La Donna del Lago
This is a weird way to begin a review but the thing I kept thinking of at tonight's premiere of La Donna del Lago was that Seinfeld episode when Kramer is driving with George's mother and in the middle of a casual conversation he "stops short" with the car. This causes much awkwardness all around.
What does "stopping short" have to do with Rossini? Well, Rossini is one composer that (if played right) never "stops short." Bellini was maybe a better melodist, Donizetti a better dramatist, but Rossini has an implacable momentum that is always musically impressing.
You never would have known it though from the Met's plodding, joyless, arid premiere of La Donna del Lago. And for this I think the conductor Michele Mariotti has to take a lot of the blame. He consistently missed capitalizing on any of the music's momentum. Instead it was start, stop, start, stop all night. A musical number could be going swimmingly until the conductor "stopped short" and all momentum was lost.
Juan Diego Flórez made up his own rhythm and if Mariotti wasn't with him, well, so be it. The others often started and stopped, started and stopped, constantly looking to see if Mariotti had picked up his baton again. This was particularly egregious in the closing showstopper "Tanti affetti" -- Joyce DiDonato has sung this aria many times but last night seemed almost hesitant. Again, Mariotti stopped short and Joyce had to stop short as well.
With that being said, the problems of La Donna del Lago went beyond simply conducting. A basic problem was casting -- the opera's premise is that Ellen/Elena's (Joyce DiDonato) love for Malcolm (Daniela Barcellona) is so constant that she rejects the advances of both the King James (Flórez) and a rebel leader Roderick (John Osborn). Of course Ellen's that 19th century ideal of the perfect, constant female whose affections cannot be swayed either by a besotted king or a Braveheart-like warrior. Così non tutte.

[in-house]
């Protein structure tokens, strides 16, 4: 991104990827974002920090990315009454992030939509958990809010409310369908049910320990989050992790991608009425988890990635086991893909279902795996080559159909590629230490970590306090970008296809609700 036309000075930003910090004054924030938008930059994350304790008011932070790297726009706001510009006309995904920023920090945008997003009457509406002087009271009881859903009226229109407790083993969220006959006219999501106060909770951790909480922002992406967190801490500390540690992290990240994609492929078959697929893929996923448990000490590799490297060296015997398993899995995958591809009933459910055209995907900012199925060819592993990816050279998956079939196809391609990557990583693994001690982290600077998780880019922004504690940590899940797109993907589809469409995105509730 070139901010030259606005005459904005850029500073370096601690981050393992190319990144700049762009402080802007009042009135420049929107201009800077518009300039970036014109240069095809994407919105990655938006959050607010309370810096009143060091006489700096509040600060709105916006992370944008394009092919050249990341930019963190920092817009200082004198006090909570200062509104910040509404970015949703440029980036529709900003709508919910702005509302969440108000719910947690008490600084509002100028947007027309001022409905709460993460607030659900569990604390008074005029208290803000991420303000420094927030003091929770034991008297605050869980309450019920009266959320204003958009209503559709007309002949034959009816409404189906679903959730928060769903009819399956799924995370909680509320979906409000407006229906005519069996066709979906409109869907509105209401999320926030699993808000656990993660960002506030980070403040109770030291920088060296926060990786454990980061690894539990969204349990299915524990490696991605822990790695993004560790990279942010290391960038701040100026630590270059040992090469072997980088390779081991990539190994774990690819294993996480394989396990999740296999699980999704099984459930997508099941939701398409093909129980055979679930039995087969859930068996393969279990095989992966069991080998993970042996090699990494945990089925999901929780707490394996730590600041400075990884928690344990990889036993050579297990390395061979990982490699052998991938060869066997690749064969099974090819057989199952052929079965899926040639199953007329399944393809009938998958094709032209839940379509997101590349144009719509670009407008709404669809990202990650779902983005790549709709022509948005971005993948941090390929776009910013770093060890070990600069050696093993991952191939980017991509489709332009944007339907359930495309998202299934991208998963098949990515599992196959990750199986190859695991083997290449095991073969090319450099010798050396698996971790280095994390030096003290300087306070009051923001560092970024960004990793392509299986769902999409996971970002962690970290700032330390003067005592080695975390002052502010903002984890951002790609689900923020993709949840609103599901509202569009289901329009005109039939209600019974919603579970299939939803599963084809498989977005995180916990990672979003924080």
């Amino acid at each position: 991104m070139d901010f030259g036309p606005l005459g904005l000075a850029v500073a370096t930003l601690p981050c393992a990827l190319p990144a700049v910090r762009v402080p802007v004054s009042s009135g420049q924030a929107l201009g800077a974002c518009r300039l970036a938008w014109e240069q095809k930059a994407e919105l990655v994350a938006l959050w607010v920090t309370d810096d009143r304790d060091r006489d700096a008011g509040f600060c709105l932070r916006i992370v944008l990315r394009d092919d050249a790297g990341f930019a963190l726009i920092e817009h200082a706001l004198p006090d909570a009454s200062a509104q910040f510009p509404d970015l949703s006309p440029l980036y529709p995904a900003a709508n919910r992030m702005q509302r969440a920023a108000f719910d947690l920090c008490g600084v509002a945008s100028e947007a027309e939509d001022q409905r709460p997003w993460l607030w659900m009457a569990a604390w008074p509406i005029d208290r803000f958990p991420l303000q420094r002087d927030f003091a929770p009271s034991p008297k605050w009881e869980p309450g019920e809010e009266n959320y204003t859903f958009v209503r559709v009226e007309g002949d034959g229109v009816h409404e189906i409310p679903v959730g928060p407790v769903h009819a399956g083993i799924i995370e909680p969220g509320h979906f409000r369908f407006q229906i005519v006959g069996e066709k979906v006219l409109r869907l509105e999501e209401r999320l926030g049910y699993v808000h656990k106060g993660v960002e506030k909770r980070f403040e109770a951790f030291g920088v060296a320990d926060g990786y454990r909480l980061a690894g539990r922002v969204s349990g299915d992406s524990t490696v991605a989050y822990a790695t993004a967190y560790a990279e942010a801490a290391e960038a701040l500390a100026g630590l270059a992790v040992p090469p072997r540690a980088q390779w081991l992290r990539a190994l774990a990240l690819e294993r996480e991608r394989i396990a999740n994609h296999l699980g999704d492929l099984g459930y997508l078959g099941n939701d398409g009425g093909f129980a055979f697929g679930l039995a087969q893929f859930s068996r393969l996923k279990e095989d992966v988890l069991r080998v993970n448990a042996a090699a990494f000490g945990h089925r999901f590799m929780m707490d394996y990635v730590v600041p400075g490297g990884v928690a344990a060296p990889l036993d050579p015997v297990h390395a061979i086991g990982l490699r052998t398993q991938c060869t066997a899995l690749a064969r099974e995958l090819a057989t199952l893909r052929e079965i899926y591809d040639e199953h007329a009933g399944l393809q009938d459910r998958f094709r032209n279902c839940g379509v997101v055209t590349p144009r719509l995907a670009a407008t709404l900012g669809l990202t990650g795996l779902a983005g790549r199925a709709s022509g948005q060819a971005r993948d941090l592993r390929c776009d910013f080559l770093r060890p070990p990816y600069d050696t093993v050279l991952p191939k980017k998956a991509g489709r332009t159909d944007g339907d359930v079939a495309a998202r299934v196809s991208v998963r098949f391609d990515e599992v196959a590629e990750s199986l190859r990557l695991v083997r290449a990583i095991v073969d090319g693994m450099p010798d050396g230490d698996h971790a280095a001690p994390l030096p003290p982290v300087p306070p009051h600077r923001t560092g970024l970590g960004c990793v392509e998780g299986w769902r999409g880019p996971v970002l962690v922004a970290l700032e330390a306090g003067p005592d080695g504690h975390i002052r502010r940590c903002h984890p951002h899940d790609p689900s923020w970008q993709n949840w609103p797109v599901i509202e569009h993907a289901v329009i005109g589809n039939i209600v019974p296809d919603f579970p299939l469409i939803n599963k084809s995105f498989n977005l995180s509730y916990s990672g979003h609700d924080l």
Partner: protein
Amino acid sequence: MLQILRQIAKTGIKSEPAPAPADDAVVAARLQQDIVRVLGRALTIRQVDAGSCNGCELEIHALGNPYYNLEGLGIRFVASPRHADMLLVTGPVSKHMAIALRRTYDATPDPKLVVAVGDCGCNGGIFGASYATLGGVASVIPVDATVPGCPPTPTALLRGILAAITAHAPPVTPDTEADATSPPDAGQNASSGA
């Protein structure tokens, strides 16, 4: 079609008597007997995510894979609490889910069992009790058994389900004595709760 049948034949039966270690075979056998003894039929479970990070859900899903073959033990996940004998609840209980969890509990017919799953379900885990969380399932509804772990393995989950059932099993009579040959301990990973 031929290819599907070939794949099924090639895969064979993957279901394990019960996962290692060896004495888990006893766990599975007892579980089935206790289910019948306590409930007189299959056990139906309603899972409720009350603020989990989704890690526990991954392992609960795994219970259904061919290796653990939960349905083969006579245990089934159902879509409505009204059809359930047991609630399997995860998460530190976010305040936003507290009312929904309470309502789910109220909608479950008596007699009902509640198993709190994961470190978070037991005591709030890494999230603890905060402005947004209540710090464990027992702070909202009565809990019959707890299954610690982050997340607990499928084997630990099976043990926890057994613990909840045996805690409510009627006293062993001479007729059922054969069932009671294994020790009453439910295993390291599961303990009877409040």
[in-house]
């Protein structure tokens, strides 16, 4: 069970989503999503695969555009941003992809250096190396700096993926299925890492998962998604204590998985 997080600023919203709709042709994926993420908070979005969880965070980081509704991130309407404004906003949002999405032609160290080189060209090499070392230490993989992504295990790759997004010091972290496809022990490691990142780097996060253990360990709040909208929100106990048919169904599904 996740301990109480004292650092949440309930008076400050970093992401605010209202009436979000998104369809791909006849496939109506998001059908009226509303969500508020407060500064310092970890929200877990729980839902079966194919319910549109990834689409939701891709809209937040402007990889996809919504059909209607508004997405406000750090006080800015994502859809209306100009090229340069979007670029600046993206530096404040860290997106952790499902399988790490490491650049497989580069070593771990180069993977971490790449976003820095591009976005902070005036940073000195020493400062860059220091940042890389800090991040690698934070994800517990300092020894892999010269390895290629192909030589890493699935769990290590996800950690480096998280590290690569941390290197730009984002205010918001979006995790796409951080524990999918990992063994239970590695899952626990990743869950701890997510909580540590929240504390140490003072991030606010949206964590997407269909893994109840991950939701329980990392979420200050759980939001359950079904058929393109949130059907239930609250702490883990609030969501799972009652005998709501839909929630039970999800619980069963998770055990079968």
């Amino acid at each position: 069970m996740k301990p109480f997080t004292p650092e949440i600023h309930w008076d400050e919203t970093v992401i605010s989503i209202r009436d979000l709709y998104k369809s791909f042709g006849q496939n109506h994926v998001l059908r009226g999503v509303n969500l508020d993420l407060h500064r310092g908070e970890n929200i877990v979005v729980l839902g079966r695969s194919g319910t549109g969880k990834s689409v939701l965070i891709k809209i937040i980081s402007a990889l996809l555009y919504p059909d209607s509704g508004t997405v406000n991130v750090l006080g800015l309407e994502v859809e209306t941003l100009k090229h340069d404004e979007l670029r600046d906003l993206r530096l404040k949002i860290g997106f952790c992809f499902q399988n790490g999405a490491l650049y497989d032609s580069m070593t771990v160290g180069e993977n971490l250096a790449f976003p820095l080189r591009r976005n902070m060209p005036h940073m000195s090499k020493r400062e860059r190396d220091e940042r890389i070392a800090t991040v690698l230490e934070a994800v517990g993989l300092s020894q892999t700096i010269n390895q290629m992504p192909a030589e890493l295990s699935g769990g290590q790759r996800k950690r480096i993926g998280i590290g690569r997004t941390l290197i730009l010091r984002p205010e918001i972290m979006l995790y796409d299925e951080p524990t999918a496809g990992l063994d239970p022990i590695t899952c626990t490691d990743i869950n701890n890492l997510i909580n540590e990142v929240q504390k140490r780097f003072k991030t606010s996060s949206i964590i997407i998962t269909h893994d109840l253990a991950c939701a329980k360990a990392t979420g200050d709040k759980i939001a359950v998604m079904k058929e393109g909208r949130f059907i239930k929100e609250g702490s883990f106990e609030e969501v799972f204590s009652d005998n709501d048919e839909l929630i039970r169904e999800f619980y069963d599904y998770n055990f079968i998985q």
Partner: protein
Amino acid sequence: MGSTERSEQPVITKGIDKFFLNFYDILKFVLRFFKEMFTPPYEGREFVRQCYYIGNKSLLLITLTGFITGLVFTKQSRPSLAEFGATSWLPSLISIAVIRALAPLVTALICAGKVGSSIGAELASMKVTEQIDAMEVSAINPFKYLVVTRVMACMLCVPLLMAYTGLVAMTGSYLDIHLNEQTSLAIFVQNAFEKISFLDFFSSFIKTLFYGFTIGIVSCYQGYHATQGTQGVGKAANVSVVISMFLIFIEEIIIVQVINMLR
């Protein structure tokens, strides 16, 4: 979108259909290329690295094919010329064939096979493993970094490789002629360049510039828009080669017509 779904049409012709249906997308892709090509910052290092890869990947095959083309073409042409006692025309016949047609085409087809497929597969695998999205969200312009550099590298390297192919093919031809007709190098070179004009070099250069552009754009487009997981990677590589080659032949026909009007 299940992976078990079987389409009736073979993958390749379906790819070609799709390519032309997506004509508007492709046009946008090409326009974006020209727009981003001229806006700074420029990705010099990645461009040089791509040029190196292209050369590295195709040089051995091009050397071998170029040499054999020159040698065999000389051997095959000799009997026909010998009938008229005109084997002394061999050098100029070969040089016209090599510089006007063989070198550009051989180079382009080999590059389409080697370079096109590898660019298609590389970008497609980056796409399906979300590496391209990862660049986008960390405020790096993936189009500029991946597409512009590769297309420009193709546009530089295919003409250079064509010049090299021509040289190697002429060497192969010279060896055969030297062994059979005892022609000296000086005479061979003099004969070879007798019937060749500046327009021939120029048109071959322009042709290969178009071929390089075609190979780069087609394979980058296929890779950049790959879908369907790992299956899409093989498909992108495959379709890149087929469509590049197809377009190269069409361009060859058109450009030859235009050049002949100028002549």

On the other sides of the quadrangle you had Juan Diego Flórez, who, twenty-odd years into his career, still sings Rossini with a matchless style and infectious energy. He didn't interpolate many acuti but since James mostly sings in duets and trios that might have been a group decision. His voice sounds less strained than it did in Cenerentola last season -- some cancellations and vocal rest seem to have done a world of good. Flórez and DiDonato have wonderful chemistry together and the rapid vibratos of their voices blend beautifully. "O fiamma soave" was beautiful. At the end of the opera one wanted to smack Ellen in the head and say, "Marry the king, you silly girl!"
Matching Flórez note for note (almost) was John Osborn, another endearingly pint-sized tenor whose voice can (mostly) handle the demands of Rossini's music. The color of his voice is darker than Flórez's but he has the same ease in the stratosphere (as well as the same nasally timbre). The only thing Osborn missed completely was a high C at the end of his act one cabaletta. He went for it, but the note wasn't there. He did the same thing in his otherwise excellent Guglielmo Tell at Carnegie Hall -- had all eight cylinders roaring, and then reached for non-existent high notes in "Corriam, corriam." From then on I noticed that almost no one else in the cast went for acuti at the end of cabalettas. The dueling duet between James and Rodrigo in Act Two was exciting vocally but someone has to tell Osborn and Flórez that their swords should face each other, not the audience.